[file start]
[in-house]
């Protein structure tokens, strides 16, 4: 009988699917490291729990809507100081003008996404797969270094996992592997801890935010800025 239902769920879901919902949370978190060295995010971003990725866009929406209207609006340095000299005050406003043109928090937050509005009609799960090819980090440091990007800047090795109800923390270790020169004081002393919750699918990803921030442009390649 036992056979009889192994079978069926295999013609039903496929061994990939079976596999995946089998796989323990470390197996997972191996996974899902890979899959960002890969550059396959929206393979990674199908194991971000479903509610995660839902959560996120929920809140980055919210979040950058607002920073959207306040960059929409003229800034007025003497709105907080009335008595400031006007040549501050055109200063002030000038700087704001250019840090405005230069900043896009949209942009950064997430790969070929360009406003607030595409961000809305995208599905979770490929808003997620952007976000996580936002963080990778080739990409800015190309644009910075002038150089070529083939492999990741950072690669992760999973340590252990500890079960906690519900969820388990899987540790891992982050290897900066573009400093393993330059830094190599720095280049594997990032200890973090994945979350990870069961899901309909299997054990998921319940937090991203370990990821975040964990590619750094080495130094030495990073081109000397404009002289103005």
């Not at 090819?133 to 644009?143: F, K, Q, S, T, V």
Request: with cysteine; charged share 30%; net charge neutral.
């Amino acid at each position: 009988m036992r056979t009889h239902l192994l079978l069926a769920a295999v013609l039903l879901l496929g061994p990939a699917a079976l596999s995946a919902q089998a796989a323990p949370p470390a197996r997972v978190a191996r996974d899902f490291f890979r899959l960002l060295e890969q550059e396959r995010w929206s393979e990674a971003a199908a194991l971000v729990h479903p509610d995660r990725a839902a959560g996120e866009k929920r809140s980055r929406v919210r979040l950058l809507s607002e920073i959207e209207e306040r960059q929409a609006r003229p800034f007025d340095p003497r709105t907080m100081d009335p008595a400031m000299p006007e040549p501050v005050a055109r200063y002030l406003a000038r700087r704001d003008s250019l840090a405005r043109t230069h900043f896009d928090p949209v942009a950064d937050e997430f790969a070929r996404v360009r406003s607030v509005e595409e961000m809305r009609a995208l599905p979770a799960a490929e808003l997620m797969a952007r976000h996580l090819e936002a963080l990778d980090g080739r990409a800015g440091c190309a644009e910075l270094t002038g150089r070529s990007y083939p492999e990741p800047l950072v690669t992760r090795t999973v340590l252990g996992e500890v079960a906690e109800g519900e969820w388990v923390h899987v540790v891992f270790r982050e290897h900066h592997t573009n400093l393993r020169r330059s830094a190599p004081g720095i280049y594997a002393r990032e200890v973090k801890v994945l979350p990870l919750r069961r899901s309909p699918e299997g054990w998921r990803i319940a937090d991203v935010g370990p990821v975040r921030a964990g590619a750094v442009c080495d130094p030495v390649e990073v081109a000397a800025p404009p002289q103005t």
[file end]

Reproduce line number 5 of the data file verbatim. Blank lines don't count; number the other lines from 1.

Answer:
């Amino acid at each position: 009988m036992r056979t009889h239902l192994l079978l069926a769920a295999v013609l039903l879901l496929g061994p990939a699917a079976l596999s995946a919902q089998a796989a323990p949370p470390a197996r997972v978190a191996r996974d899902f490291f890979r899959l960002l060295e890969q550059e396959r995010w929206s393979e990674a971003a199908a194991l971000v729990h479903p509610d995660r990725a839902a959560g996120e866009k929920r809140s980055r929406v919210r979040l950058l809507s607002e920073i959207e209207e306040r960059q929409a609006r003229p800034f007025d340095p003497r709105t907080m100081d009335p008595a400031m000299p006007e040549p501050v005050a055109r200063y002030l406003a000038r700087r704001d003008s250019l840090a405005r043109t230069h900043f896009d928090p949209v942009a950064d937050e997430f790969a070929r996404v360009r406003s607030v509005e595409e961000m809305r009609a995208l599905p979770a799960a490929e808003l997620m797969a952007r976000h996580l090819e936002a963080l990778d980090g080739r990409a800015g440091c190309a644009e910075l270094t002038g150089r070529s990007y083939p492999e990741p800047l950072v690669t992760r090795t999973v340590l252990g996992e500890v079960a906690e109800g519900e969820w388990v923390h899987v540790v891992f270790r982050e290897h900066h592997t573009n400093l393993r020169r330059s830094a190599p004081g720095i280049y594997a002393r990032e200890v973090k801890v994945l979350p990870l919750r069961r899901s309909p699918e299997g054990w998921r990803i319940a937090d991203v935010g370990p990821v975040r921030a964990g590619a750094v442009c080495d130094p030495v390649e990073v081109a000397a800025p404009p002289q103005t």